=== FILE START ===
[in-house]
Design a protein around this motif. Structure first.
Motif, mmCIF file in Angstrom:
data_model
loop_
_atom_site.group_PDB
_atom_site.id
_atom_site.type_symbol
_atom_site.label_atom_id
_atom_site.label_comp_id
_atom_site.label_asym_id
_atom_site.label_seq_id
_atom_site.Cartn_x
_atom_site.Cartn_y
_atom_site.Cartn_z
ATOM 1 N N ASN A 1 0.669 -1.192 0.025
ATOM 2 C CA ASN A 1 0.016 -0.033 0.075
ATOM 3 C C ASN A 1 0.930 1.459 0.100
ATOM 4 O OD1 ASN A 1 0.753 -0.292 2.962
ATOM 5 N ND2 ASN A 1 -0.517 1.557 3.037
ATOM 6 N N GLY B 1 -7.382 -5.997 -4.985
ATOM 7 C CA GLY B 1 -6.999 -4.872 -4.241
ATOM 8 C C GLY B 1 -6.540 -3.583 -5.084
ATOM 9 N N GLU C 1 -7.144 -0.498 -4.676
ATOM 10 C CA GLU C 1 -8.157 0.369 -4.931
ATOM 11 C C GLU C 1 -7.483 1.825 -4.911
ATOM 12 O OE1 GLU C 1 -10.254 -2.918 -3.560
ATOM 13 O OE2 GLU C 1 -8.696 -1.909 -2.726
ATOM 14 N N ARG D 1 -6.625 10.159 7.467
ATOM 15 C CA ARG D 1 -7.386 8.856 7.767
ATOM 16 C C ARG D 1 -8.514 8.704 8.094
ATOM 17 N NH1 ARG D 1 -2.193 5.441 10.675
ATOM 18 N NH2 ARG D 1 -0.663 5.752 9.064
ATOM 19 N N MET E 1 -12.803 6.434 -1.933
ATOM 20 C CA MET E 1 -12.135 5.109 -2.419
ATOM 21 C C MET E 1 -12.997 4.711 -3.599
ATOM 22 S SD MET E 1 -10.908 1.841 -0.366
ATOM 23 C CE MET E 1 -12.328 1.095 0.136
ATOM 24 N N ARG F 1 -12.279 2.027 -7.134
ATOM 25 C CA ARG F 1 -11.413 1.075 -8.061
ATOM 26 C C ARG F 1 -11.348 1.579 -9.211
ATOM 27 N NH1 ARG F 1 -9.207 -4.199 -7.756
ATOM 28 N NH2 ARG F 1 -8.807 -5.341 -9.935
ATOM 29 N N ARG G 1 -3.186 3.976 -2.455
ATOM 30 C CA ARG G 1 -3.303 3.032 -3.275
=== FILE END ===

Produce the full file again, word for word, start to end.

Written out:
[in-house]
Design a protein around this motif. Structure first.
Motif, mmCIF file in Angstrom:
data_model
loop_
_atom_site.group_PDB
_atom_site.id
_atom_site.type_symbol
_atom_site.label_atom_id
_atom_site.label_comp_id
_atom_site.label_asym_id
_atom_site.label_seq_id
_atom_site.Cartn_x
_atom_site.Cartn_y
_atom_site.Cartn_z
ATOM 1 N N ASN A 1 0.669 -1.192 0.025
ATOM 2 C CA ASN A 1 0.016 -0.033 0.075
ATOM 3 C C ASN A 1 0.930 1.459 0.100
ATOM 4 O OD1 ASN A 1 0.753 -0.292 2.962
ATOM 5 N ND2 ASN A 1 -0.517 1.557 3.037
ATOM 6 N N GLY B 1 -7.382 -5.997 -4.985
ATOM 7 C CA GLY B 1 -6.999 -4.872 -4.241
ATOM 8 C C GLY B 1 -6.540 -3.583 -5.084
ATOM 9 N N GLU C 1 -7.144 -0.498 -4.676
ATOM 10 C CA GLU C 1 -8.157 0.369 -4.931
ATOM 11 C C GLU C 1 -7.483 1.825 -4.911
ATOM 12 O OE1 GLU C 1 -10.254 -2.918 -3.560
ATOM 13 O OE2 GLU C 1 -8.696 -1.909 -2.726
ATOM 14 N N ARG D 1 -6.625 10.159 7.467
ATOM 15 C CA ARG D 1 -7.386 8.856 7.767
ATOM 16 C C ARG D 1 -8.514 8.704 8.094
ATOM 17 N NH1 ARG D 1 -2.193 5.441 10.675
ATOM 18 N NH2 ARG D 1 -0.663 5.752 9.064
ATOM 19 N N MET E 1 -12.803 6.434 -1.933
ATOM 20 C CA MET E 1 -12.135 5.109 -2.419
ATOM 21 C C MET E 1 -12.997 4.711 -3.599
ATOM 22 S SD MET E 1 -10.908 1.841 -0.366
ATOM 23 C CE MET E 1 -12.328 1.095 0.136
ATOM 24 N N ARG F 1 -12.279 2.027 -7.134
ATOM 25 C CA ARG F 1 -11.413 1.075 -8.061
ATOM 26 C C ARG F 1 -11.348 1.579 -9.211
ATOM 27 N NH1 ARG F 1 -9.207 -4.199 -7.756
ATOM 28 N NH2 ARG F 1 -8.807 -5.341 -9.935
ATOM 29 N N ARG G 1 -3.186 3.976 -2.455
ATOM 30 C CA ARG G 1 -3.303 3.032 -3.275